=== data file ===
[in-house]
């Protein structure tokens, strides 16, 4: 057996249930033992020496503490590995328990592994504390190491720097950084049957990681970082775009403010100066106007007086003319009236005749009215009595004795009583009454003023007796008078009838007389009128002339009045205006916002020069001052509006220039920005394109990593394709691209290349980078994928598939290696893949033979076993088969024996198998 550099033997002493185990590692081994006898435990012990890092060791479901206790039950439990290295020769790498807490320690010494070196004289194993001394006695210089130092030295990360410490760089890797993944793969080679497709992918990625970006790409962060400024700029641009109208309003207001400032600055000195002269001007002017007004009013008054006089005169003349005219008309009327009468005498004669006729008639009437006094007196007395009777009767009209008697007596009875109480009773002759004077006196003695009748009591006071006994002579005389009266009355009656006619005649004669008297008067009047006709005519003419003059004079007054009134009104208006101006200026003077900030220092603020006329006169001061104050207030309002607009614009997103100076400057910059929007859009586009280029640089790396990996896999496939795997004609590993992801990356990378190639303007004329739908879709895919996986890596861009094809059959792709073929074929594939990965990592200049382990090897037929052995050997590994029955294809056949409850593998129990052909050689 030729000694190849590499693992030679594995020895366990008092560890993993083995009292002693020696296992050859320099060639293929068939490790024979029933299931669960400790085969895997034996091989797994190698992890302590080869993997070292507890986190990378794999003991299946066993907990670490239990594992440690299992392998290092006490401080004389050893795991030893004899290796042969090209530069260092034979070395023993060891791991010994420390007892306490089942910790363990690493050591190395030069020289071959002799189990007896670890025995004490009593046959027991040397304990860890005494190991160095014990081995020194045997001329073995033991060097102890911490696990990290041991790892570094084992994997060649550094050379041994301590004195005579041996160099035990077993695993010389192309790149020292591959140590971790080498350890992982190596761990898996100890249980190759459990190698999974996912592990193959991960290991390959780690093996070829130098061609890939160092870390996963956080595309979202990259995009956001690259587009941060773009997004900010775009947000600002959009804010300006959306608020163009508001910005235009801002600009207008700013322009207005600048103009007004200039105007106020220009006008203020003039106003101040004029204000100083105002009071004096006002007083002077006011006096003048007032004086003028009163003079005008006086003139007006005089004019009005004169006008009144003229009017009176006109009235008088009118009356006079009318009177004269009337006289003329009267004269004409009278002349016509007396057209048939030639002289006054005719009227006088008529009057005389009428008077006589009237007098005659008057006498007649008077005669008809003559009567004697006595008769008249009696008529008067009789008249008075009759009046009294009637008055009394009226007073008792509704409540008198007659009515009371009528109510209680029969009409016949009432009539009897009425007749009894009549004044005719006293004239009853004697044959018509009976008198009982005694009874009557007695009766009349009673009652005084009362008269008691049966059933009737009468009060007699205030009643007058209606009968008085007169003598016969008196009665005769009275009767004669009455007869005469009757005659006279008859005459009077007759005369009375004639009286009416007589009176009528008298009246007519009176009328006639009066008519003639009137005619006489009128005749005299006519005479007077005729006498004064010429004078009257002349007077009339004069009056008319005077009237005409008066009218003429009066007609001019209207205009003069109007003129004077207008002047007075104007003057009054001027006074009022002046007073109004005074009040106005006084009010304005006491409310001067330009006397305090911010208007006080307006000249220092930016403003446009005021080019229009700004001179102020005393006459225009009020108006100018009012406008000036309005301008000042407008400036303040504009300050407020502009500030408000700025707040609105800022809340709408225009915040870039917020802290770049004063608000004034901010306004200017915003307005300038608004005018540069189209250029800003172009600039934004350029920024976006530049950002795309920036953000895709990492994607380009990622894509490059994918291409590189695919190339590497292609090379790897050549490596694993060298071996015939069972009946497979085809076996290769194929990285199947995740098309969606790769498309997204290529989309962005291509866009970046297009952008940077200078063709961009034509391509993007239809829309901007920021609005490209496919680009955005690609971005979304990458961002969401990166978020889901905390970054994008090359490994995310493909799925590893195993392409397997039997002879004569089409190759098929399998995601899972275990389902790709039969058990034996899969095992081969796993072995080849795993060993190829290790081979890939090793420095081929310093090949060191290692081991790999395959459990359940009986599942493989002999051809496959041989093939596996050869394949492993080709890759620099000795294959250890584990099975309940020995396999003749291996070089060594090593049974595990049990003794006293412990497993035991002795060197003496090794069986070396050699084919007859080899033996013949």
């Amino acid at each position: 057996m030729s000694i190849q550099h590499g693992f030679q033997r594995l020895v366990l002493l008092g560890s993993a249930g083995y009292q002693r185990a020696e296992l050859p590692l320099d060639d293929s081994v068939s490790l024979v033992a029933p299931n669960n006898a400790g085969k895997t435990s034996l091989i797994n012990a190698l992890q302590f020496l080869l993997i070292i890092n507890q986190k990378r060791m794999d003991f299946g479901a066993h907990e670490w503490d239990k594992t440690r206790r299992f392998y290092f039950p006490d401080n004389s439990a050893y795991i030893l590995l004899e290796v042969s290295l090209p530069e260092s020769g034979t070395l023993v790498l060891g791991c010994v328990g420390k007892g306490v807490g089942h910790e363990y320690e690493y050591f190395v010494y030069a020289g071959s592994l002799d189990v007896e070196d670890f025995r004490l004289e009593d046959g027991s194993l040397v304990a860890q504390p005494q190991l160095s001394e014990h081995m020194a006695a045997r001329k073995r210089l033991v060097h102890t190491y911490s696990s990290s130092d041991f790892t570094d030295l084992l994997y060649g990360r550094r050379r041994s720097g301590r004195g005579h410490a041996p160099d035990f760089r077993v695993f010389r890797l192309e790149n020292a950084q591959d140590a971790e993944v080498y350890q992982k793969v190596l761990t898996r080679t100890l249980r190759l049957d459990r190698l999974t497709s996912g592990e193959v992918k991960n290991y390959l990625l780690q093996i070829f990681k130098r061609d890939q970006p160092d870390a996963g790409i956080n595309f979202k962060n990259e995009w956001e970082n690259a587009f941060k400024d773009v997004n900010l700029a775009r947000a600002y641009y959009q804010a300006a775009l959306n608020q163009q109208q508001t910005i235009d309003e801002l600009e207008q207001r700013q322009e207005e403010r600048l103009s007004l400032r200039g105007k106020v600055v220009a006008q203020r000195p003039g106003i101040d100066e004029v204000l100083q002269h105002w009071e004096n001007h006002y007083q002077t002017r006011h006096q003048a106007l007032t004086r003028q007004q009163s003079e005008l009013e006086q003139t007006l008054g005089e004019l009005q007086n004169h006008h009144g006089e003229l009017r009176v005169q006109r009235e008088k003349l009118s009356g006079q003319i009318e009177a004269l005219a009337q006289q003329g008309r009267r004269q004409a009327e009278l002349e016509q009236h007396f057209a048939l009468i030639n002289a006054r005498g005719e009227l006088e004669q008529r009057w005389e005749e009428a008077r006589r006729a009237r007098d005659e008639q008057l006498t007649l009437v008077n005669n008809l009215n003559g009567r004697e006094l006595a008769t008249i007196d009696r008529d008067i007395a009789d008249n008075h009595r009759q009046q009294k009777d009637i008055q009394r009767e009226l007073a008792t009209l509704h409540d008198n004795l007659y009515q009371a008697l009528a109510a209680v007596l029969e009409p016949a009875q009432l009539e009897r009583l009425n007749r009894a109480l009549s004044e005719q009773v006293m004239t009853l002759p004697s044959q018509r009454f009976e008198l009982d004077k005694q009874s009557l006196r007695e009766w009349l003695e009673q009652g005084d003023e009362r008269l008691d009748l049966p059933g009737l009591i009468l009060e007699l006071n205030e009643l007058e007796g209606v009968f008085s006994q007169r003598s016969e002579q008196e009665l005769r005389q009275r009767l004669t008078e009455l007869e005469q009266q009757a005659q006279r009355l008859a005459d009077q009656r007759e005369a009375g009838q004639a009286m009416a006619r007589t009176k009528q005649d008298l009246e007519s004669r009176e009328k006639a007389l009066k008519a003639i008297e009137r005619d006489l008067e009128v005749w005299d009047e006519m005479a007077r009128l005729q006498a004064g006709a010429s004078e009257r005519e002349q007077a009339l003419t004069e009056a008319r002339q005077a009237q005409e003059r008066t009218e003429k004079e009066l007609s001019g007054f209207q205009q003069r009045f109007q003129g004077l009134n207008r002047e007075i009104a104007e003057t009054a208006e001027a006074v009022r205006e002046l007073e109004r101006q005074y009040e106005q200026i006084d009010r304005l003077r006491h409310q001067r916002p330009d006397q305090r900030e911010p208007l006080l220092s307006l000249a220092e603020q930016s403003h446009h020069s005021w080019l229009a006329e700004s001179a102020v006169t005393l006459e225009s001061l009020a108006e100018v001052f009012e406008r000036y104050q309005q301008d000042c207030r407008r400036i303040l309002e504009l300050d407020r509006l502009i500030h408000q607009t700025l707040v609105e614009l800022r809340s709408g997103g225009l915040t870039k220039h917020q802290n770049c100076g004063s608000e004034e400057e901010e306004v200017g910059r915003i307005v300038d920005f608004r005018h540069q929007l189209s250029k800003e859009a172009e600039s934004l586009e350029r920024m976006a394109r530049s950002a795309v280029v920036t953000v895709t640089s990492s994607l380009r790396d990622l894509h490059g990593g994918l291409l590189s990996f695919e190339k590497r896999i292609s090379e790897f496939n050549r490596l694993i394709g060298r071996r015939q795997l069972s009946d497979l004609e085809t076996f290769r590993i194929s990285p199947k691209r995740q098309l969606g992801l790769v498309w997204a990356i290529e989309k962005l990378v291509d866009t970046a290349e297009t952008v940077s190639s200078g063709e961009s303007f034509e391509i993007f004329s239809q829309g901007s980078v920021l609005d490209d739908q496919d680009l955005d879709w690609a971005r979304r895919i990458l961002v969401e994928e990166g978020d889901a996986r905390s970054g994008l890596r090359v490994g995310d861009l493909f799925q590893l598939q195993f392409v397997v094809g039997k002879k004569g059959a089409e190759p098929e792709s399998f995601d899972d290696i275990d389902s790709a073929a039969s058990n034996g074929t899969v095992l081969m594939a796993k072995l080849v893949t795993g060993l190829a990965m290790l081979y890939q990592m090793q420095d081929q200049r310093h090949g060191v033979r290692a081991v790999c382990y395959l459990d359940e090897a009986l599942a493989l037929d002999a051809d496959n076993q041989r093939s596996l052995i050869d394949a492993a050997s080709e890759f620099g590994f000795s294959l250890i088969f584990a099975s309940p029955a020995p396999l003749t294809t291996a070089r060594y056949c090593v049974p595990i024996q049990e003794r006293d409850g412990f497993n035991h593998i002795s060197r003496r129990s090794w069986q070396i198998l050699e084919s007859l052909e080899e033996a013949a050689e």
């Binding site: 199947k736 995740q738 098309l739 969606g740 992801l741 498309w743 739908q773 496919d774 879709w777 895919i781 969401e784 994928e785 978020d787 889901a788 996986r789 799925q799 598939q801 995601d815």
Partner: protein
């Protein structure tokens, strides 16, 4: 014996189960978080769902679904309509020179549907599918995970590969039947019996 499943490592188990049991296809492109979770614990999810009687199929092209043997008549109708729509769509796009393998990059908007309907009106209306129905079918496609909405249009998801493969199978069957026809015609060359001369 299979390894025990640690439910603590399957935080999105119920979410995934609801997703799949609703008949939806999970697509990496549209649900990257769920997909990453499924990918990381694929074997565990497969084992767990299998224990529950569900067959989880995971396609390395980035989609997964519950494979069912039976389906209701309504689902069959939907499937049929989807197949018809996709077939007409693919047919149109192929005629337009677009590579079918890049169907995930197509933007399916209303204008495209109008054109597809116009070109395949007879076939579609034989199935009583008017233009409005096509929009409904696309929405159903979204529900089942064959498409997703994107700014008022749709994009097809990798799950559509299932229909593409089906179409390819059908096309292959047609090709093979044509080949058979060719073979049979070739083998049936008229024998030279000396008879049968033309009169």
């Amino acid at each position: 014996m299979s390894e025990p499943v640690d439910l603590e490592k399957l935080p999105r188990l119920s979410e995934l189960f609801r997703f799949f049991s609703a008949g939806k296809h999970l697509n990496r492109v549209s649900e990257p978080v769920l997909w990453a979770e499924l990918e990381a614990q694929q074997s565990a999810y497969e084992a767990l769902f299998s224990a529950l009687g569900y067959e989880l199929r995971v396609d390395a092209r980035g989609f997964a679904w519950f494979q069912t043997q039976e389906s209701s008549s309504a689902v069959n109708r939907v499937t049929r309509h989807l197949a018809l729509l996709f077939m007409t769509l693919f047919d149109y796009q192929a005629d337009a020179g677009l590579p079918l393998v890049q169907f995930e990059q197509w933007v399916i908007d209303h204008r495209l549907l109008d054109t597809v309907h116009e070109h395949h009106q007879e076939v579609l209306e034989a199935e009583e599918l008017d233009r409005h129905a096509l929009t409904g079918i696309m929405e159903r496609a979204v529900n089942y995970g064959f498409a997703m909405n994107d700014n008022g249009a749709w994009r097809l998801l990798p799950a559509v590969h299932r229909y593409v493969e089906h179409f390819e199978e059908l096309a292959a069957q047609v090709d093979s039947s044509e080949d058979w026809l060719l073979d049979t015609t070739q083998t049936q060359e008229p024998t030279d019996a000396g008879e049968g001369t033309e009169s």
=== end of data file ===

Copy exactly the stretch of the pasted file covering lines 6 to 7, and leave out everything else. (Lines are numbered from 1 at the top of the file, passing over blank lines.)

């Protein structure tokens, strides 16, 4: 014996189960978080769902679904309509020179549907599918995970590969039947019996 499943490592188990049991296809492109979770614990999810009687199929092209043997008549109708729509769509796009393998990059908007309907009106209306129905079918496609909405249009998801493969199978069957026809015609060359001369 299979390894025990640690439910603590399957935080999105119920979410995934609801997703799949609703008949939806999970697509990496549209649900990257769920997909990453499924990918990381694929074997565990497969084992767990299998224990529950569900067959989880995971396609390395980035989609997964519950494979069912039976389906209701309504689902069959939907499937049929989807197949018809996709077939007409693919047919149109192929005629337009677009590579079918890049169907995930197509933007399916209303204008495209109008054109597809116009070109395949007879076939579609034989199935009583008017233009409005096509929009409904696309929405159903979204529900089942064959498409997703994107700014008022749709994009097809990798799950559509299932229909593409089906179409390819059908096309292959047609090709093979044509080949058979060719073979049979070739083998049936008229024998030279000396008879049968033309009169």
């Amino acid at each position: 014996m299979s390894e025990p499943v640690d439910l603590e490592k399957l935080p999105r188990l119920s979410e995934l189960f609801r997703f799949f049991s609703a008949g939806k296809h999970l697509n990496r492109v549209s649900e990257p978080v769920l997909w990453a979770e499924l990918e990381a614990q694929q074997s565990a999810y497969e084992a767990l769902f299998s224990a529950l009687g569900y067959e989880l199929r995971v396609d390395a092209r980035g989609f997964a679904w519950f494979q069912t043997q039976e389906s209701s008549s309504a689902v069959n109708r939907v499937t049929r309509h989807l197949a018809l729509l996709f077939m007409t769509l693919f047919d149109y796009q192929a005629d337009a020179g677009l590579p079918l393998v890049q169907f995930e990059q197509w933007v399916i908007d209303h204008r495209l549907l109008d054109t597809v309907h116009e070109h395949h009106q007879e076939v579609l209306e034989a199935e009583e599918l008017d233009r409005h129905a096509l929009t409904g079918i696309m929405e159903r496609a979204v529900n089942y995970g064959f498409a997703m909405n994107d700014n008022g249009a749709w994009r097809l998801l990798p799950a559509v590969h299932r229909y593409v493969e089906h179409f390819e199978e059908l096309a292959a069957q047609v090709d093979s039947s044509e080949d058979w026809l060719l073979d049979t015609t070739q083998t049936q060359e008229p024998t030279d019996a000396g008879e049968g001369t033309e009169s």